From Sponge City to Micro Water Management On Rooftops
Amsterdam Start-Up RESILIO addresses critical urban challenges related to flooding, heat and water supply, energy consumption and biodiversity
By Suzanne Forcese
RESILIO applied an interdisciplinary approach with public and private stakeholders to repurpose 10,000 sq meters in different neighbourhoods in Amsterdam. The roofs contain smart valves to optimize the water management of the city. In doing so climate risks to biodiversity are reduced.
In The Netherlands, people have always lived with water and are used to getting rid of it as soon as it falls. However, due to climate change, Amsterdam is increasingly facing lengthy periods of heat and drought, causing wood rot and structural building damage as well as heat stress.
Additional space for water is needed so that it can be stored and reused.
In a city that can be “squeezed” when necessary, like a sponge, the blue-green (BG) roof solution is based on this Sponge City concept.
To increase urban resilience to climate change, RESILIO, a Blue-Green Roof infrastructure solution was tested in Amsterdam. The solution reduces runoff after rainfall by retaining precipitation and mitigating heat stress, caused by increased evapotranspiration (the sum of evaporation from the surface and transpiration from plants) and a higher albedo effect (the ability of surfaces to reflect sunlight).
And...in case of drought ...the blue layer protects and aids the survival of the top plant layer.
These ingenious smart roofs in Amsterdam catch rainwater
WATERTODAY learned more about the rooftop revolution from RESILIO’s communications director, Roseanne Nieuwesteeg.
WT: What does RESILIO mean? What is the challenge in Amsterdam that inspired this concept? How much R& D led up to this project.
Nieuwesteeg: RESILIO is an acronym for “Resilience nEtwork of Smart Innovative cLImate-adaptive rOoftops.’
In the last couple of decades, Amsterdam has dealt with larger amounts of rainwater, severe heat stress and decreased biodiversity.
With RESILIO, a project which lasted from November 2018 to April 2022, Amsterdam created a living laboratory of 10,000 square meters of smart-blue-green roofs on existing social housing and privately owned real estate.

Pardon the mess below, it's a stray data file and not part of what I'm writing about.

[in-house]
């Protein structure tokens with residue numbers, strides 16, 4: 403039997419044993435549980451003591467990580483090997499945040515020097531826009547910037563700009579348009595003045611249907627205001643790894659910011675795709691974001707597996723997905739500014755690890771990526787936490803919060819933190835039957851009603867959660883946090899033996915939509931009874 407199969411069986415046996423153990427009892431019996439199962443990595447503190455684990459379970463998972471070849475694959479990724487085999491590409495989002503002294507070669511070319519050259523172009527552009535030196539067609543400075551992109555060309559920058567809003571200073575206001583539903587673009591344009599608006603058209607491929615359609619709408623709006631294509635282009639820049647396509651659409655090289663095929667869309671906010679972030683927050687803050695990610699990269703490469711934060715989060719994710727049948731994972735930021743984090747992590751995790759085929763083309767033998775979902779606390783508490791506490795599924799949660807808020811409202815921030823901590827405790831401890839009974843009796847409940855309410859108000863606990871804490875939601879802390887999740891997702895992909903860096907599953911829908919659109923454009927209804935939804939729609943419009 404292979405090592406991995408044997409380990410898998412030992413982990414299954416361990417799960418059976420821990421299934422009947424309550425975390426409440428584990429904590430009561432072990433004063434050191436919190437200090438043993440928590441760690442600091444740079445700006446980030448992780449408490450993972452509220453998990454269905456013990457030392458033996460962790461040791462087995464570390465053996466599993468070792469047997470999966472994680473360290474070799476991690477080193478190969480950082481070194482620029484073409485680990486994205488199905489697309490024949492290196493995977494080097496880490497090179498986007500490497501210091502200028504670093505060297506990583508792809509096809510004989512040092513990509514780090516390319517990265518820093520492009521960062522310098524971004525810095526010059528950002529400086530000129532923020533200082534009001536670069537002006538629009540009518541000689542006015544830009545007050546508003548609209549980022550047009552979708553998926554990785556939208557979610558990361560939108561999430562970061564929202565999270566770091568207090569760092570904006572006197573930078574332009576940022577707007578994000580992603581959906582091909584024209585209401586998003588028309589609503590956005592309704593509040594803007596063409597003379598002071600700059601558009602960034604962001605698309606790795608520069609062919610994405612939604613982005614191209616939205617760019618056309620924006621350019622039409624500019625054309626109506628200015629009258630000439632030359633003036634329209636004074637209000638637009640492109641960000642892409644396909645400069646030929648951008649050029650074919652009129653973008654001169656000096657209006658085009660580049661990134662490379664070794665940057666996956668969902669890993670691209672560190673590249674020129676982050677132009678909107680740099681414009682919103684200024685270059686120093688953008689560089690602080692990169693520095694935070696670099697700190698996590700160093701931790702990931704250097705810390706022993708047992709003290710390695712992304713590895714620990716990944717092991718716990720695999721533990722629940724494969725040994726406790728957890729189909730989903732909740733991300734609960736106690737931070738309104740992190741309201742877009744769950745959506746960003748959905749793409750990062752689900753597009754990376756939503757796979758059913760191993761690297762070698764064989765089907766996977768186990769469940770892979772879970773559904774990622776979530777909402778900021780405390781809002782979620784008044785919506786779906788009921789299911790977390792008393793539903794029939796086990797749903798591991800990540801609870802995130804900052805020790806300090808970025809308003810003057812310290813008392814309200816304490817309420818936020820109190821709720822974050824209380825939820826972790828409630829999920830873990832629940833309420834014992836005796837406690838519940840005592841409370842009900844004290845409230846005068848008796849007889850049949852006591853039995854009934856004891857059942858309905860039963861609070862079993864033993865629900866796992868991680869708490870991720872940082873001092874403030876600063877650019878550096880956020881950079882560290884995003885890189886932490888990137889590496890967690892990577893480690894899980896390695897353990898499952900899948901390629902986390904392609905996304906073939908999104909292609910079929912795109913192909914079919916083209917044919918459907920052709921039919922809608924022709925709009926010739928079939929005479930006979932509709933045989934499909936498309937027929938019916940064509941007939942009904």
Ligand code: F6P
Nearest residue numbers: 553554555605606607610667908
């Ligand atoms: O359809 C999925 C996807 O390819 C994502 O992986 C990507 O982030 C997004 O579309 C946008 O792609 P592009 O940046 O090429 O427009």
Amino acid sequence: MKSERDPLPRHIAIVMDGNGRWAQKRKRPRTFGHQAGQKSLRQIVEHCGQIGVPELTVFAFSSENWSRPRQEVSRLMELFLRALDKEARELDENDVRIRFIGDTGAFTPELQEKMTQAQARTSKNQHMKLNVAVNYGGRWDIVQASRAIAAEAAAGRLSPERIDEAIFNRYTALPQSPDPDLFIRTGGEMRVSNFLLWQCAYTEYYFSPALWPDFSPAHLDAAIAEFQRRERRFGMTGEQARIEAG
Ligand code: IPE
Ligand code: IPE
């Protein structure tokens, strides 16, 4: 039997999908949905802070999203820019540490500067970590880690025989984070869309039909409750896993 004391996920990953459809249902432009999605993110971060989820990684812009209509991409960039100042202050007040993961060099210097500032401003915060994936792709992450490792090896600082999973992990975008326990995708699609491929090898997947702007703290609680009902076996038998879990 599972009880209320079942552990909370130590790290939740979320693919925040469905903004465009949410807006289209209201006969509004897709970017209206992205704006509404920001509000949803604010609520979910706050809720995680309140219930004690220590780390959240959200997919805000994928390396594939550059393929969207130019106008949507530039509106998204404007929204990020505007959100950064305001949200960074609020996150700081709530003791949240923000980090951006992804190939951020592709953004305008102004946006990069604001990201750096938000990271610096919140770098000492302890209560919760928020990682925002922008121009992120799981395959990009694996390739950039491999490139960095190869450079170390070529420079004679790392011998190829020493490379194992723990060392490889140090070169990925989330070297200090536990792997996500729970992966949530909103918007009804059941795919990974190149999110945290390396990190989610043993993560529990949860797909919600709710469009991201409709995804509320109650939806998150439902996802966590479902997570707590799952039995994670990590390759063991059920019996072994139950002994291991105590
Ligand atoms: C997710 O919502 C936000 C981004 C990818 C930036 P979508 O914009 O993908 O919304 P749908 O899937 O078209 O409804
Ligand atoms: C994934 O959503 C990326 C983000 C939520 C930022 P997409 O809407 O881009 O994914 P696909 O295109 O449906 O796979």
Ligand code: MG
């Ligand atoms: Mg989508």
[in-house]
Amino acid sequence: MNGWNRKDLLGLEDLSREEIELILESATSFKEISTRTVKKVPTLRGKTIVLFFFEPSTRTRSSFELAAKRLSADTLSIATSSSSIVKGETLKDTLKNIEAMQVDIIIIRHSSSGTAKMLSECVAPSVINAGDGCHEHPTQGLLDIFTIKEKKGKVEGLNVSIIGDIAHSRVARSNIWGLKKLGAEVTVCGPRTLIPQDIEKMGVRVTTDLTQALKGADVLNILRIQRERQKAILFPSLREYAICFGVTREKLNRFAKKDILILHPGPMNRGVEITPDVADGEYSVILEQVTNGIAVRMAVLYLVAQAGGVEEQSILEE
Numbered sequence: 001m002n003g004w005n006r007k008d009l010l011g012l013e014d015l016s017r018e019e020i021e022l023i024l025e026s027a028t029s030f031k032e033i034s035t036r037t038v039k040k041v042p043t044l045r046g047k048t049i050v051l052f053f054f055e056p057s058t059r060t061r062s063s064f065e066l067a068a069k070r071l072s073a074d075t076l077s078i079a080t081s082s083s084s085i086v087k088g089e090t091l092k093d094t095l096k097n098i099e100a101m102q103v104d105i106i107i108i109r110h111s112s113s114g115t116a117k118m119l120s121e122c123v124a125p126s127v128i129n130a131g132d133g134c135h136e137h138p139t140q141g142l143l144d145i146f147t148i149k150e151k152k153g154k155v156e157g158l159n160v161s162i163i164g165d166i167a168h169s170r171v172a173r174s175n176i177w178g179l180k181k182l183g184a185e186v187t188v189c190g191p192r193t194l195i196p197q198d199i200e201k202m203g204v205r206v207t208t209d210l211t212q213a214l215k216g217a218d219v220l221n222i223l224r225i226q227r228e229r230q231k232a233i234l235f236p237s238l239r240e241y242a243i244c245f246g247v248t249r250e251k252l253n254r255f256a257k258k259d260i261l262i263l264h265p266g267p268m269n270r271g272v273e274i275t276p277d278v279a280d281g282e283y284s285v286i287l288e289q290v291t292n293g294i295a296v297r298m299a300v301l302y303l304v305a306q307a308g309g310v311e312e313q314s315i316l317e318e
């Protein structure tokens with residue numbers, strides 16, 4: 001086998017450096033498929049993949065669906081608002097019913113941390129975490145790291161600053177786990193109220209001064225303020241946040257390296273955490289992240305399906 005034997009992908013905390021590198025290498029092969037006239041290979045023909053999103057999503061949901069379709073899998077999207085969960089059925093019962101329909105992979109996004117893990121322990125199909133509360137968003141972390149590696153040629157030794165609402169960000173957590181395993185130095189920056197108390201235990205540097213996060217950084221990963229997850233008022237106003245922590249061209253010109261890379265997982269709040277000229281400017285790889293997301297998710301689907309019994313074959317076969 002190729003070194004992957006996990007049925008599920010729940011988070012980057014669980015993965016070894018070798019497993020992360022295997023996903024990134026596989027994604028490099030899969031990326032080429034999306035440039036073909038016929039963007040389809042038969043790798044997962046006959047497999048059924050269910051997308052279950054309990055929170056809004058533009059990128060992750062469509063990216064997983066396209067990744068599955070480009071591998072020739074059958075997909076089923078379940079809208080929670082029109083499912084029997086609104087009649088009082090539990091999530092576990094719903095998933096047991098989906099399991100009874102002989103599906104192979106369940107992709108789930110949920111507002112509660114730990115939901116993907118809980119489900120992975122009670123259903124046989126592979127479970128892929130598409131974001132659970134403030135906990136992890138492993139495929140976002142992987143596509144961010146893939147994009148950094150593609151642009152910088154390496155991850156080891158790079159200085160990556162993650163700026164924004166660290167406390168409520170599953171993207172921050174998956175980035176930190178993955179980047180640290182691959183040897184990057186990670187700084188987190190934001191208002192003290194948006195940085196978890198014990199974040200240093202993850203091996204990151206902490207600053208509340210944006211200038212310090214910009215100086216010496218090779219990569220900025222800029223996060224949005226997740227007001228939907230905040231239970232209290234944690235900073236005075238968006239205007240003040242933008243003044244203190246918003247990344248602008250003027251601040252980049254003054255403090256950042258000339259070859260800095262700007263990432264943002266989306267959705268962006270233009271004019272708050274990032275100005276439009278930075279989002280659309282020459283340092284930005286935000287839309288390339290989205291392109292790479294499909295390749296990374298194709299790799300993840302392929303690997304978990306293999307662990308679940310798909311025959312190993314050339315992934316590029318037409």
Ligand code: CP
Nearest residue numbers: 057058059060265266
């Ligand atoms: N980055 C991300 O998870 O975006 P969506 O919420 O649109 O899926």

WT: Please describe the technology.
Nieuwesteeg: The smart blue-green roofs are equipped with smart sensors and valves. As the sensors measure the water level, the valves respond to the weather forecast and open and close at the right time. To control the valves an ingenious system called Decision Support System (DSS) is used. The system knows exactly how much water a roof can or should store. This is useful when there is going to be heavy rainfall or in times of drought.
WT: How does a Blue-Green Roof Work?
Nieuwesteeg: Different types of vegetation can grow on the roof, such as mosses, sedums, herbs, grasses, ferns, shrubs or a combination. There is a difference between extensive (sedum) and intensive (vegetation) green roofs.
The Roof System, (roof construction) bears the weight of the roof and provides thermal insulation
The planting is rooted in the substrate layer, similar to soil. This layer provides support and nutrition to the plants.
The filter layer prevents particles from the substrate from ending up in the water storage layer and clogging it up. It also ensures an even distribution of the water, which can be absorbed by the plants.
The water retention is an extra drainage layer. This layer consists of a lightweight crate system in which rainwater is stored. Here, an integrated fibre technology has been incorporated, which makes water transportation from the storage to the plants possible.
The water-and root-proof layer protects the underlying roof construction from invading plant roots and prevents leaks.
Seeds from bird droppings, which could grow into roots cannot have that effect with the layer of root-resistant bitumen.
Then there is also a waterproof bitumen that ensures the water remains on the roof.
10,000 sq m of smart blue-green roofs are realized in Amsterdam. A blue-green roof stores rainwater underneath the layer of plants by using a smart valve. The rainwater is retained during dry periods and discharged when it starts raining
WT: Now that RESILIO has completed this first living lab project, what’s next?
Nieuwesteeg: Smart BG roofs offer a climate adaptation solution which aims to address the impact of extreme rainfall and heat, while simultaneously increasing urban greenery and biodiversity.
However, BG roofs are still at the innovation stage of technical development. More research is needed into the performance of BG roofs on buildings and upscaled to entire neighbourhoods and cities.
WT: A large part of what RESILIO’s next steps is dependent on financing which is dependent on awareness. How are you bringing rooftops down to street level?
Nieuwesteeg: We are involved in numerous participation activities such as information meetings, face-to-face communication, and participation in local events with a BG "Roof Bike” where a working model of the system was installed on a Dutch cargo bike.
We also do creative workshops with children at bookstores.
WT: in the past three years, RESILIO has built up considerable experience in implementing a network of roofs, what conclusions have you come to?
Nieuwesteeg: The RESILIO research yielded important insights into the performance of smart BG roofs. Based on this research and practical insights, we can conclude that a smart grid of BG Roofs can be a meaningful component of a city-wide climate adaptation strategy.
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